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The cuckoo seems to be but another form of the hawk,1 which at a certain season of the year changes its shape; it being the fact that during this period no other hawks are to be seen, except, perhaps, for a few days only; the cuckoo, too, itself is only seen for a short period in the summer, and does not make its appearance after. It is the only one among the hawks that has not hooked talons; neither is it like the rest of them in the head, or, indeed, in any other respect, except the colour only, while in the beak it bears a stronger resemblance to the pigeon. In addition to this, it is devoured by the hawk, if they chance at any time to meet; this being the only one among the whole race of birds that is preyed upon by those of its own kind. It changes its voice also with its appearance, comes out in the spring, and goes into retirement at the rising of the Dog-star. It always lays its eggs in the nest of another bird, and that of the ring-dove2 more especially,-mostly a single egg, a thing that is the case with no other bird; sometimes however, but very rarely, it is known to lay two. It is supposed, that the reason for its thus substituting its young ones, is the fact that it is aware3 how greatly it is hated by all the other birds; for even the very smallest of them will attack it. Hence it is, that it thinks its own race will stand no chance of being perpetuated unless it contrives to deceive them, and for this reason builds no nest of its own: and besides this, it is a very timid animal. In the meantime, the female bird, sitting on her nest, is rearing a supposititious and spurious progeny; while the young cuckoo, which is naturally craving and greedy, snatches away all the food from the other young ones, and by so doing grows plump and sleek, and quite gains the affections of his foster-mother; who takes a great pleasure in his fine appearance, and is quite surprised that she has become the mother of so handsome an offspring. In comparison with him, she discards her own young as so many strangers, until at last, when the young cuckoo is now able to take the wing, he finishes by devouring4 her. For sweetness of the flesh, there is not a bird in existence to be compared to the cuckoo at this season.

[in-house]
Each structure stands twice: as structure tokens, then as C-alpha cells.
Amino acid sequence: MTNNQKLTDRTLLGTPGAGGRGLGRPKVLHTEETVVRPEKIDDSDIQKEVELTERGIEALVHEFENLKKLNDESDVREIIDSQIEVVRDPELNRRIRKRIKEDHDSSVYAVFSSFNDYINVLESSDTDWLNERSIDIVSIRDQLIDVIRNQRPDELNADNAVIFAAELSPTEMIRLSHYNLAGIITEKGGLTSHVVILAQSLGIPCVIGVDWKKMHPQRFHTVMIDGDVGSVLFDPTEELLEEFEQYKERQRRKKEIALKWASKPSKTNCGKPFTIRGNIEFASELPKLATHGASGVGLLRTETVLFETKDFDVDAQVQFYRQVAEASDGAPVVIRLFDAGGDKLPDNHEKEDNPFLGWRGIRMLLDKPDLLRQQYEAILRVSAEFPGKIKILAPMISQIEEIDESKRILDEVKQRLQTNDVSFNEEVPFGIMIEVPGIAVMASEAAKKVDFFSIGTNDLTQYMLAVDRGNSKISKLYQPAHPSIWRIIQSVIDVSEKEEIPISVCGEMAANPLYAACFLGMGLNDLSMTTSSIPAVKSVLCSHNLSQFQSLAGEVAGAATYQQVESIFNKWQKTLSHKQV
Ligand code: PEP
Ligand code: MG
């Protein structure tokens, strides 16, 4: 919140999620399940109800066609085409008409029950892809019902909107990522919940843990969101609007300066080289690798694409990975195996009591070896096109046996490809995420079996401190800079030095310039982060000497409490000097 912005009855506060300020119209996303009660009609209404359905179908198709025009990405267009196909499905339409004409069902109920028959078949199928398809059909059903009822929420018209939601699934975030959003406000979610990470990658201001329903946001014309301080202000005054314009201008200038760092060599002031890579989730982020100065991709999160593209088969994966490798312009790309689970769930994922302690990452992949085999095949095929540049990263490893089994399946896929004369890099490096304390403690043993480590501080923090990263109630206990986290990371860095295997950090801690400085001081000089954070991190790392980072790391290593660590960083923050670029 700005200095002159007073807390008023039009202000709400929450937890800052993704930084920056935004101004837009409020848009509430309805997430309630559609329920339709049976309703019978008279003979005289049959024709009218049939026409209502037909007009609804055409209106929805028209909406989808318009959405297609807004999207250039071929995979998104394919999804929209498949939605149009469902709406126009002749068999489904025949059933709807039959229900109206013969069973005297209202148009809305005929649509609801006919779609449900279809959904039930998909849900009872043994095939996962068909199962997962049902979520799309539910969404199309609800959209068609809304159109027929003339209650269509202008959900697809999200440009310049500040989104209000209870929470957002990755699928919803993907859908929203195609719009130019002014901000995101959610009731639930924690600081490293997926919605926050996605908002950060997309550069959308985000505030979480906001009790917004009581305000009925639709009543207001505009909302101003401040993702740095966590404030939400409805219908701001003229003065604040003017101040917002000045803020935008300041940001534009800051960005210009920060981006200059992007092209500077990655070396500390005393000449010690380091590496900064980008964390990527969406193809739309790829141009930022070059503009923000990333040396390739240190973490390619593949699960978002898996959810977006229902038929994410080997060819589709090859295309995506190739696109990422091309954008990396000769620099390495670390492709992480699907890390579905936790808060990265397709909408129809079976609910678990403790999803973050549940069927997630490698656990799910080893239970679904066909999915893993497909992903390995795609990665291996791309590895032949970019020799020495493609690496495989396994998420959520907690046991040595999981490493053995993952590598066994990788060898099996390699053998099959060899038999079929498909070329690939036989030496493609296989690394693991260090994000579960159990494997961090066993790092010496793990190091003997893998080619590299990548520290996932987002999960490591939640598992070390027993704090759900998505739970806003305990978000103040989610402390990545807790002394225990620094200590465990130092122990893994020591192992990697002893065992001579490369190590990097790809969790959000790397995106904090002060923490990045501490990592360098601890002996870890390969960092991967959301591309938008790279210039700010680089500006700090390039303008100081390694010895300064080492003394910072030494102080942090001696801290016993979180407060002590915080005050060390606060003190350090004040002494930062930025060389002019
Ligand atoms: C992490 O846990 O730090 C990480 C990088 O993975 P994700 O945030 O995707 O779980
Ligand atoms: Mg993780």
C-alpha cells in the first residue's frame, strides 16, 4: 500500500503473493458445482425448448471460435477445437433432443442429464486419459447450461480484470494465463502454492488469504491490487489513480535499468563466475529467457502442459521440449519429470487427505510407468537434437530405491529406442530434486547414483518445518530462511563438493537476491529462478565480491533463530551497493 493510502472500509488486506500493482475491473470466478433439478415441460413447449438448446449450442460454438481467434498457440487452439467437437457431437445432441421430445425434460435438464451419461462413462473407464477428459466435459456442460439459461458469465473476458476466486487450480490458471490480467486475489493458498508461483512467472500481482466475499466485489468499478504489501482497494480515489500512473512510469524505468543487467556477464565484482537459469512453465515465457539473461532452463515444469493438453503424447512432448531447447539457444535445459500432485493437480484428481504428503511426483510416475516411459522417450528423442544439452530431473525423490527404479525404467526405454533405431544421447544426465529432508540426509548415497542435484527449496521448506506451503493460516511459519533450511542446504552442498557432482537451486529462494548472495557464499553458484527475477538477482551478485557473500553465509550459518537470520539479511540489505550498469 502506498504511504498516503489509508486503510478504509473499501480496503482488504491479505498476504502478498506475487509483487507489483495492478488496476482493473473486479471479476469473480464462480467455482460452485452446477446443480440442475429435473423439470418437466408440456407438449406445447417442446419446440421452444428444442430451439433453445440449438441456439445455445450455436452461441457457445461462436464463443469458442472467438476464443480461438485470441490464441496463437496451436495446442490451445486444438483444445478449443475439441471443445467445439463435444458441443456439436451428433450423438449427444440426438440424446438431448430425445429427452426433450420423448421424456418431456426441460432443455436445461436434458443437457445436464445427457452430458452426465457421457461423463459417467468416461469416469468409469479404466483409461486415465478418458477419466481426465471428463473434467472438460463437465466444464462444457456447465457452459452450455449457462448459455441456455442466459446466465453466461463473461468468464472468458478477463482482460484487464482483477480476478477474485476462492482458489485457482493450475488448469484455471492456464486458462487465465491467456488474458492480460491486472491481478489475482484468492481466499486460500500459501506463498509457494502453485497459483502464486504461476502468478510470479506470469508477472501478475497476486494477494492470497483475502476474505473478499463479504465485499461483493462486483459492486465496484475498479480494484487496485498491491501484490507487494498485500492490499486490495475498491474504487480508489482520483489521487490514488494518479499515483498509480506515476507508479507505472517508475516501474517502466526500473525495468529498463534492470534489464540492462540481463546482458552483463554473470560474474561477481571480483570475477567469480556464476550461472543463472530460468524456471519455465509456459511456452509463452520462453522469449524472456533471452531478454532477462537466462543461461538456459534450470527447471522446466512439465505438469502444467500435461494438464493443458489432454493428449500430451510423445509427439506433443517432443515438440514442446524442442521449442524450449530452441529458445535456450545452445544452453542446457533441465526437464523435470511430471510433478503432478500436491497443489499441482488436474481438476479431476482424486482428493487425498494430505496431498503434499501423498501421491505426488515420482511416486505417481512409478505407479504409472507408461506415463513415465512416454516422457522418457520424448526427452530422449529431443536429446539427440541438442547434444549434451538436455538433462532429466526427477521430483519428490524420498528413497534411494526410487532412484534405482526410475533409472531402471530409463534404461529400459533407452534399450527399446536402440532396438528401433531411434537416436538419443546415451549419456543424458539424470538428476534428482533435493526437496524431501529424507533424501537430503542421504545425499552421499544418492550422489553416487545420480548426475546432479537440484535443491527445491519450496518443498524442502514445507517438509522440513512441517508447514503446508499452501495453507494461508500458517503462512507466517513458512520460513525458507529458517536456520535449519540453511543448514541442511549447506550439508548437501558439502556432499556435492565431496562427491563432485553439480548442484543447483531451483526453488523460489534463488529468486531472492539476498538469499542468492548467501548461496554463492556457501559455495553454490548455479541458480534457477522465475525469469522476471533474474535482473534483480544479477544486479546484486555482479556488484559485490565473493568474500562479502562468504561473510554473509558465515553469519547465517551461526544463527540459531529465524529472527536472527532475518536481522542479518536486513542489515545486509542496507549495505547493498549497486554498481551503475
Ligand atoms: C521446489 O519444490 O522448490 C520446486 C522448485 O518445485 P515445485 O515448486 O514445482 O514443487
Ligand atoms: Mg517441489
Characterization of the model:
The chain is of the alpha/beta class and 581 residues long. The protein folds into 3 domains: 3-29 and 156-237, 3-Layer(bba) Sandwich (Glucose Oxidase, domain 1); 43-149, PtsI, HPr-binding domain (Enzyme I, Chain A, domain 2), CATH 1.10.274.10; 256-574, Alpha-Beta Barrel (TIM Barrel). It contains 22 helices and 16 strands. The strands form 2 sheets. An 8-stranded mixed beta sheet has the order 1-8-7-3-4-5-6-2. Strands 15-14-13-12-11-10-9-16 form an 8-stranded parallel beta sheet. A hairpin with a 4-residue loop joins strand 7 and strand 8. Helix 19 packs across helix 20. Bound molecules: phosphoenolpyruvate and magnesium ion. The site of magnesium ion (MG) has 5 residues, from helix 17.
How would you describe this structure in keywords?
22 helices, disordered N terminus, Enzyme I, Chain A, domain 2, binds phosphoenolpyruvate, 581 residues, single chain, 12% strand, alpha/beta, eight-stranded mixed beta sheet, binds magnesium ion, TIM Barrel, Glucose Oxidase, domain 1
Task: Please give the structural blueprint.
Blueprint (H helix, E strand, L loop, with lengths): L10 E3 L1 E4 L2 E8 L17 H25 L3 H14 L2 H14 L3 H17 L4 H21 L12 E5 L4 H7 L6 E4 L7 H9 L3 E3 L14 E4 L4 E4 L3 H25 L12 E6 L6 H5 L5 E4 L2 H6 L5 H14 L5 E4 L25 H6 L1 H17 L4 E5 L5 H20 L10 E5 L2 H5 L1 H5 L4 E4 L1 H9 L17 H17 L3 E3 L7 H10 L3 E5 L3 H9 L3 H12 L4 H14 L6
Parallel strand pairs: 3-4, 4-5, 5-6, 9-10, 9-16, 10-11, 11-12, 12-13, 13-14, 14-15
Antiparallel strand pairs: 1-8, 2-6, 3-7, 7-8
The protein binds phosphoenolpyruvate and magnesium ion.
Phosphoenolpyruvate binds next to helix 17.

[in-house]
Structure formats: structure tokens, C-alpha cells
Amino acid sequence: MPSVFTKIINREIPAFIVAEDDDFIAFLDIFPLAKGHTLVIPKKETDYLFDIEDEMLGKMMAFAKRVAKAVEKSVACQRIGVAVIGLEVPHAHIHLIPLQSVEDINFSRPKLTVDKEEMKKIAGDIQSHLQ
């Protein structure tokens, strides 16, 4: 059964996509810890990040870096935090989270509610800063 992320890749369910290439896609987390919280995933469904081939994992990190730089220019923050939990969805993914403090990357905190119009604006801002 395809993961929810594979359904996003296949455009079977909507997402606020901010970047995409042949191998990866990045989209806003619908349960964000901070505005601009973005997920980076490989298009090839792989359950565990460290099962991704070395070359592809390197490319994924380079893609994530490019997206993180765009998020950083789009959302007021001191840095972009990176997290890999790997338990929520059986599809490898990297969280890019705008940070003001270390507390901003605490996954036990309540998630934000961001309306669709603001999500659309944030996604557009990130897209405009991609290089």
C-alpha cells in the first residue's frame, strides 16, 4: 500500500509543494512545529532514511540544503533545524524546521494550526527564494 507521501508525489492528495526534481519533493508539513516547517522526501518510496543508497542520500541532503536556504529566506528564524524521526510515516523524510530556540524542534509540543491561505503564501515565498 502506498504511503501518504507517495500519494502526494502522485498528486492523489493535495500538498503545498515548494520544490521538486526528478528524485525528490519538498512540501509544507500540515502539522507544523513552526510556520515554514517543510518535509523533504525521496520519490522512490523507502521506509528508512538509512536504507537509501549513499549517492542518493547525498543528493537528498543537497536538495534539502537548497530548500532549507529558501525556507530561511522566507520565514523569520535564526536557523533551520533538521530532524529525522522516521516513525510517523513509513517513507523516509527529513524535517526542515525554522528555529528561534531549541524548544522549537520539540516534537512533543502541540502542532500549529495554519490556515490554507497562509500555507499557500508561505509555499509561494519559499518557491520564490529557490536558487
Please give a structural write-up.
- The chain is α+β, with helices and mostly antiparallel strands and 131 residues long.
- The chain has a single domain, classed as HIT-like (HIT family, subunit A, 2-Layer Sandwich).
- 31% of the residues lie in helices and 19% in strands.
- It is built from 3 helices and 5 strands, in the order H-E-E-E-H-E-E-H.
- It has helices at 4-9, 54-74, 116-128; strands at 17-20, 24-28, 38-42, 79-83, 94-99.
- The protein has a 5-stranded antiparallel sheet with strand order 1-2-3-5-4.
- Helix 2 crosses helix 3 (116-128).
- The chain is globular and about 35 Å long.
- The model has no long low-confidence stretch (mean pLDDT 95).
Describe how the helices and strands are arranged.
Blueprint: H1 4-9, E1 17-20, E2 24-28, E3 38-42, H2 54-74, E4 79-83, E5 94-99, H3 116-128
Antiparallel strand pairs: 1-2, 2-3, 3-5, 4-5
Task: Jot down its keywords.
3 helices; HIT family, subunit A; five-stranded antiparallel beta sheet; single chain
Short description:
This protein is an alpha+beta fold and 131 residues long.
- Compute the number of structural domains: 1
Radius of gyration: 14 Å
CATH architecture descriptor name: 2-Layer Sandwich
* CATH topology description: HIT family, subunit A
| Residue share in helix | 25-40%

1 Cuvier says, that this notion is still entertained by the French peasantry.

2 This is not the case. It only lays in the nests of insectivorous birds.

3 Cuvier remarks, that this is not a very good reason; but we have not yet been able to find a better.

4 Cuvier denies this story, but says, that when the foster-mother is a very small bird, the young cuckoo will take the whole of her head in his beak when receiving food.

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